Today Park Chasers is sharing another installment in our series on epic drives within the National Parks. Each year, thousands of Americans embark on road trips and driving adventures within the National Park Service. This series showcases the roads and scenic drives you don’t want to miss on your next National Park visit. Check out our previous post on Chain of Craters Road in Hawaii Volcanoes National Park.
If you ask a friend or colleague who visited Glacier National Park recently, more than likely you will hear a story about the Going-to-the-Sun Road. Driving the legendary route is always listed on the “Top Things to Do in Glacier.” It’s also the highlight of many vacations.
Not only is it an engineering marvel, the Going-to-the-Sun Road is also the backbone of Glacier National Park travel. From mid-June to mid-October, traveling on the road over Logan Pass is the most efficient route from the busy West Glacier area to the quieter, Many Glacier area of the park. When the Going-to-the-Sun Road closes for the year, locals and winter enthusiasts have to travel around the bottom of the park. It’s a distance of nearly 50 miles farther to reach the other side.
About the Going-to-the-Sun Road
Construction on the Going-to-the-Sun Road began in 1921. The road was formally dedicated on July 15, 1933. The total cost of construction was estimated at $2.5 million. It was one of the first projects of its kind in the National Park Service. It specifically catered to automobile traffic. Until then, Glacier was mostly enjoyed via train, on horseback, or on foot.
Drivers back then and now enjoy impressive views along the 50 mile roadway. Hairpin turns, tunnels, and steep drop offs are common. If you have the option, plan to take one of the Going-to-the-Sun Road shuttle buses. During the summer these shuttles operate every 15-30 minutes with stops at all of the major trailheads. Not only are they free, they also let you do more gawking and less worrying about the road!
Stops Along the Going-to-the-Sun Road
The stops below are listed West to East along the road:
- Apgar Visitor’s Center – The first stop on the Western gate of the road is at the Apgar Visitor’s Center. Pick up your passport stamp and a park map. Then check in with the ranger about bear activity, construction or road closures ahead.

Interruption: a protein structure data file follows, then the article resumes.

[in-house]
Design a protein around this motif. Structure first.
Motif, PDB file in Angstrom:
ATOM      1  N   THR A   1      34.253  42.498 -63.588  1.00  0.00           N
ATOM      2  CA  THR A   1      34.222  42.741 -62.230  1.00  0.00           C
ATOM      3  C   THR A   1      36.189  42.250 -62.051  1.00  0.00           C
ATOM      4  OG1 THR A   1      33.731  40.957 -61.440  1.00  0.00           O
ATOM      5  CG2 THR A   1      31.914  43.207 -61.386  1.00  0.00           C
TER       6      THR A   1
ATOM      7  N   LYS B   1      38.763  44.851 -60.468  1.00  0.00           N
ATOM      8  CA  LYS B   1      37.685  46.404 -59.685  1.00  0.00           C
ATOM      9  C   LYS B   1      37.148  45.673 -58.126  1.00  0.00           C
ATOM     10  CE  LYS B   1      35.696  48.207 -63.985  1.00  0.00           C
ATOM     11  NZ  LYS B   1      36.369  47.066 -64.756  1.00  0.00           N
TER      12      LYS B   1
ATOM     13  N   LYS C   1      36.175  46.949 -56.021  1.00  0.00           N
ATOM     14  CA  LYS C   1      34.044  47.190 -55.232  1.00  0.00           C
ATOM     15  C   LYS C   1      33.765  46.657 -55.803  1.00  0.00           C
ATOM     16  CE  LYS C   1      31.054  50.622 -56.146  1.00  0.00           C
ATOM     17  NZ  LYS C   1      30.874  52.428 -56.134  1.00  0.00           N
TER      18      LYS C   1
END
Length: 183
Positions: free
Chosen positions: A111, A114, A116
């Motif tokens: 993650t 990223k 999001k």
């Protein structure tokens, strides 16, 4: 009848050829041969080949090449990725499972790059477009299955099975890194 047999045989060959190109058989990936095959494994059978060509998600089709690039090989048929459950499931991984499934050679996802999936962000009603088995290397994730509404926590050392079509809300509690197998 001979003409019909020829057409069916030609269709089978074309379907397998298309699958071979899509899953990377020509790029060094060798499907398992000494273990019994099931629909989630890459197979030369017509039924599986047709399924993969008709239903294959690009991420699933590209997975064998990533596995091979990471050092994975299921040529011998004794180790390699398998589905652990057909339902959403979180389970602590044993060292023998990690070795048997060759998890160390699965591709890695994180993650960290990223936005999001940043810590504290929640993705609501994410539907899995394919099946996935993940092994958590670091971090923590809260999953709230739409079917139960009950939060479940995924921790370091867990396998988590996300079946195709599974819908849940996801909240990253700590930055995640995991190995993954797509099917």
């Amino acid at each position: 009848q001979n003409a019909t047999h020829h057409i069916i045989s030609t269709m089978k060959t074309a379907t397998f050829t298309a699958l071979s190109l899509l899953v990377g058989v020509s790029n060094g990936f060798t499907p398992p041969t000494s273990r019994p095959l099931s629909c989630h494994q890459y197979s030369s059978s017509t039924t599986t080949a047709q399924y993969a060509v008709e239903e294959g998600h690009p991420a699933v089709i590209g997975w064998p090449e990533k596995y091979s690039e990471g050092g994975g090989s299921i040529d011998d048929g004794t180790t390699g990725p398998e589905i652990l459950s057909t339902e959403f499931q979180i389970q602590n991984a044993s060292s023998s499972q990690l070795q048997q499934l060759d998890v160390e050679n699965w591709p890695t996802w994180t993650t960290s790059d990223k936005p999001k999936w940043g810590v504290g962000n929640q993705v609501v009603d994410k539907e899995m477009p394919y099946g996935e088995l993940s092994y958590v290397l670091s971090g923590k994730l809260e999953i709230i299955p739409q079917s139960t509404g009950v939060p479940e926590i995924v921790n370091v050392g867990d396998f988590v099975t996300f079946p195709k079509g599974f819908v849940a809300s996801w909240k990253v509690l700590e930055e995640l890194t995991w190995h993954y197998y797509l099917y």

- Lake McDonald – The first section of the Going-to-the-Sun Road travels along Lake McDonald. The pristine waters of this long mountain lake are just the introduction to the vistas ahead.
- Avalanche Creek & Trail of Cedars – This is one of the most popular destinations in the park and for good reason. Hiking the Avalanche Lake Trail should be high on your list of pull outs along the road.
- Logan Pass – At 6,646 feet, Logan Pass is the highest point along the Going-to-the-Sun Road. Open only a few short months in the summer, the visitor’s center is the perfect place to stop and stretch, grab lunch, and go for a hike. Consider the Hidden Lake trail for a chance to see mountain goats and grizzly bears. Or if heights don’t seem to bother, the Highline Trail is another great choice departing from Logan Pass.
- Siyeh Bend – As you drive the next section of road, you’ll slowly begin to descend. Just after you leave Logan Pass you’ll be entering the areas of Glacier National Park that receive the highest snowfalls per year. Some years the snow at “Big Drift” located just past Logan Pass reaches 80-100 feet deep!
- East Tunnel – Constructed in 1931, this is tunnel is one of the most famous parts of the road. No power equipment could be brought this high up, so all of the excavated rock had to be carried out by hand.
- Jackson Glacier – If you’re not planning to hike in the park, the overlook to Jackson Glacier is the best place to see a glacier from your vehicle. This is the 5th largest glacier in the park.
- St. Mary’s Visitor’s Center – the first top on the Eastern gate of the road is the St. Mary’s Visitor’s Center. Pick up more passport stamps and park info here.
Finally, if you’re looking for more Going-to-the-Sun Road resources, check out the links below: